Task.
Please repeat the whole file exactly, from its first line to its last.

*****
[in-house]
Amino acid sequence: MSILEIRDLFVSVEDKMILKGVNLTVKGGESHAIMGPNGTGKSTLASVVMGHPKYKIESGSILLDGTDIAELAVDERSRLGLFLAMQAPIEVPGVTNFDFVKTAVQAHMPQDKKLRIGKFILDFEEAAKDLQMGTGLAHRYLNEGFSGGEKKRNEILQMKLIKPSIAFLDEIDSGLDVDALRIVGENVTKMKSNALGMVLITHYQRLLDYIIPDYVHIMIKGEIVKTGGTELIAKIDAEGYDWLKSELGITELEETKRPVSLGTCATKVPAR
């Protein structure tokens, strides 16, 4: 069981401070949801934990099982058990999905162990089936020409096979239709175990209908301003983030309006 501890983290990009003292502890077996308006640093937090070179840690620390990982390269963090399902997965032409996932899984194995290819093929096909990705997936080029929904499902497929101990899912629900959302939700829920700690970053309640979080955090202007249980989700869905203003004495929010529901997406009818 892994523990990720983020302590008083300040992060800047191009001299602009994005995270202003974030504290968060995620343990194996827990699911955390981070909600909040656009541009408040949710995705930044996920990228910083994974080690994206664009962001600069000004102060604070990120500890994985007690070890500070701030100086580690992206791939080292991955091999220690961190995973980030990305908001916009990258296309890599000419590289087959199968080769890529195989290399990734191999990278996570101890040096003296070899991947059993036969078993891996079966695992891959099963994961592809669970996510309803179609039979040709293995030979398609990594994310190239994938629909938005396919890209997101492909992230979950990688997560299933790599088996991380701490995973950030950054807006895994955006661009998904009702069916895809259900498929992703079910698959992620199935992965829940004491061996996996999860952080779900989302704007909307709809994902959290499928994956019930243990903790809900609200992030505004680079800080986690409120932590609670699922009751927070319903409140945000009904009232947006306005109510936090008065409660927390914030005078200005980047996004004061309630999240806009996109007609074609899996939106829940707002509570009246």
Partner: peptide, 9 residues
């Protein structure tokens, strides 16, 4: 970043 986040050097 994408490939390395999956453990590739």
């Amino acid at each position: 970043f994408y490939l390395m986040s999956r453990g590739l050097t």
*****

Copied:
[in-house]
Amino acid sequence: MSILEIRDLFVSVEDKMILKGVNLTVKGGESHAIMGPNGTGKSTLASVVMGHPKYKIESGSILLDGTDIAELAVDERSRLGLFLAMQAPIEVPGVTNFDFVKTAVQAHMPQDKKLRIGKFILDFEEAAKDLQMGTGLAHRYLNEGFSGGEKKRNEILQMKLIKPSIAFLDEIDSGLDVDALRIVGENVTKMKSNALGMVLITHYQRLLDYIIPDYVHIMIKGEIVKTGGTELIAKIDAEGYDWLKSELGITELEETKRPVSLGTCATKVPAR
């Protein structure tokens, strides 16, 4: 069981401070949801934990099982058990999905162990089936020409096979239709175990209908301003983030309006 501890983290990009003292502890077996308006640093937090070179840690620390990982390269963090399902997965032409996932899984194995290819093929096909990705997936080029929904499902497929101990899912629900959302939700829920700690970053309640979080955090202007249980989700869905203003004495929010529901997406009818 892994523990990720983020302590008083300040992060800047191009001299602009994005995270202003974030504290968060995620343990194996827990699911955390981070909600909040656009541009408040949710995705930044996920990228910083994974080690994206664009962001600069000004102060604070990120500890994985007690070890500070701030100086580690992206791939080292991955091999220690961190995973980030990305908001916009990258296309890599000419590289087959199968080769890529195989290399990734191999990278996570101890040096003296070899991947059993036969078993891996079966695992891959099963994961592809669970996510309803179609039979040709293995030979398609990594994310190239994938629909938005396919890209997101492909992230979950990688997560299933790599088996991380701490995973950030950054807006895994955006661009998904009702069916895809259900498929992703079910698959992620199935992965829940004491061996996996999860952080779900989302704007909307709809994902959290499928994956019930243990903790809900609200992030505004680079800080986690409120932590609670699922009751927070319903409140945000009904009232947006306005109510936090008065409660927390914030005078200005980047996004004061309630999240806009996109007609074609899996939106829940707002509570009246």
Partner: peptide, 9 residues
């Protein structure tokens, strides 16, 4: 970043 986040050097 994408490939390395999956453990590739």
């Amino acid at each position: 970043f994408y490939l390395m986040s999956r453990g590739l050097t």